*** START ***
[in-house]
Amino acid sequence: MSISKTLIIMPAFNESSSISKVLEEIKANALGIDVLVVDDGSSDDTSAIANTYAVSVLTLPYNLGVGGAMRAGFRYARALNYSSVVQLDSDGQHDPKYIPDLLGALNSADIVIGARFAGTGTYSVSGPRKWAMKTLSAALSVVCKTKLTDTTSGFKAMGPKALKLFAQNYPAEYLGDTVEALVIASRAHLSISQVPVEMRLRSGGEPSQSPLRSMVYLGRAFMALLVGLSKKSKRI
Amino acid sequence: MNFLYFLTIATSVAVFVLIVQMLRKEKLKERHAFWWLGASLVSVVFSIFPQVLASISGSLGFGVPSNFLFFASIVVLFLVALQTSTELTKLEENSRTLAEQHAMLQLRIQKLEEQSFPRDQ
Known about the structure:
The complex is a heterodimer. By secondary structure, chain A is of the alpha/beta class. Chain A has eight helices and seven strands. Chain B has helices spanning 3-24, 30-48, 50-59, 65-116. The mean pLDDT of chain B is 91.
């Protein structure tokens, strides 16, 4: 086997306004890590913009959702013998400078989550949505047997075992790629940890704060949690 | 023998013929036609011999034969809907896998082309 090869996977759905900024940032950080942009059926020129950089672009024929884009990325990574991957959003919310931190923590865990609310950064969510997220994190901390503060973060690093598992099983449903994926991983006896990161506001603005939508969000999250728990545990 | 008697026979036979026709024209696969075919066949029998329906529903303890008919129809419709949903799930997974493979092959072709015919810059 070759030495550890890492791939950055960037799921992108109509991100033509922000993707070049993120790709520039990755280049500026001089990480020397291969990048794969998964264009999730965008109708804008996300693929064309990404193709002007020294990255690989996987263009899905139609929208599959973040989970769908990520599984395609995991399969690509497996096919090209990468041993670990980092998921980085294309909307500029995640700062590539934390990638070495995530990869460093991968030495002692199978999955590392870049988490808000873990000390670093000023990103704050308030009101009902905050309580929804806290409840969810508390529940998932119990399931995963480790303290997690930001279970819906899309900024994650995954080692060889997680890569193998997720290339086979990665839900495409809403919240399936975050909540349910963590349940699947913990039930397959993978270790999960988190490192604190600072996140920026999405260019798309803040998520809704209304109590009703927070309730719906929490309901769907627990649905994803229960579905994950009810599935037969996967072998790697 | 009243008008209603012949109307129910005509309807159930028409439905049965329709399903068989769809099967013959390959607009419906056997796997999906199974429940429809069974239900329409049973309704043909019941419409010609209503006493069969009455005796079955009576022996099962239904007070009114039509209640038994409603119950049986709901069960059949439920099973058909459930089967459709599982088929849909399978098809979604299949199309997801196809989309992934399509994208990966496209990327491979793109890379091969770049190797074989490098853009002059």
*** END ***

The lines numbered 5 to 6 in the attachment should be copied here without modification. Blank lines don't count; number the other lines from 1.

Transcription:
The complex is a heterodimer. By secondary structure, chain A is of the alpha/beta class. Chain A has eight helices and seven strands. Chain B has helices spanning 3-24, 30-48, 50-59, 65-116. The mean pLDDT of chain B is 91.
């Protein structure tokens, strides 16, 4: 086997306004890590913009959702013998400078989550949505047997075992790629940890704060949690 | 023998013929036609011999034969809907896998082309 090869996977759905900024940032950080942009059926020129950089672009024929884009990325990574991957959003919310931190923590865990609310950064969510997220994190901390503060973060690093598992099983449903994926991983006896990161506001603005939508969000999250728990545990 | 008697026979036979026709024209696969075919066949029998329906529903303890008919129809419709949903799930997974493979092959072709015919810059 070759030495550890890492791939950055960037799921992108109509991100033509922000993707070049993120790709520039990755280049500026001089990480020397291969990048794969998964264009999730965008109708804008996300693929064309990404193709002007020294990255690989996987263009899905139609929208599959973040989970769908990520599984395609995991399969690509497996096919090209990468041993670990980092998921980085294309909307500029995640700062590539934390990638070495995530990869460093991968030495002692199978999955590392870049988490808000873990000390670093000023990103704050308030009101009902905050309580929804806290409840969810508390529940998932119990399931995963480790303290997690930001279970819906899309900024994650995954080692060889997680890569193998997720290339086979990665839900495409809403919240399936975050909540349910963590349940699947913990039930397959993978270790999960988190490192604190600072996140920026999405260019798309803040998520809704209304109590009703927070309730719906929490309901769907627990649905994803229960579905994950009810599935037969996967072998790697 | 009243008008209603012949109307129910005509309807159930028409439905049965329709399903068989769809099967013959390959607009419906056997796997999906199974429940429809069974239900329409049973309704043909019941419409010609209503006493069969009455005796079955009576022996099962239904007070009114039509209640038994409603119950049986709901069960059949439920099973058909459930089967459709599982088929849909399978098809979604299949199309997801196809989309992934399509994208990966496209990327491979793109890379091969770049190797074989490098853009002059």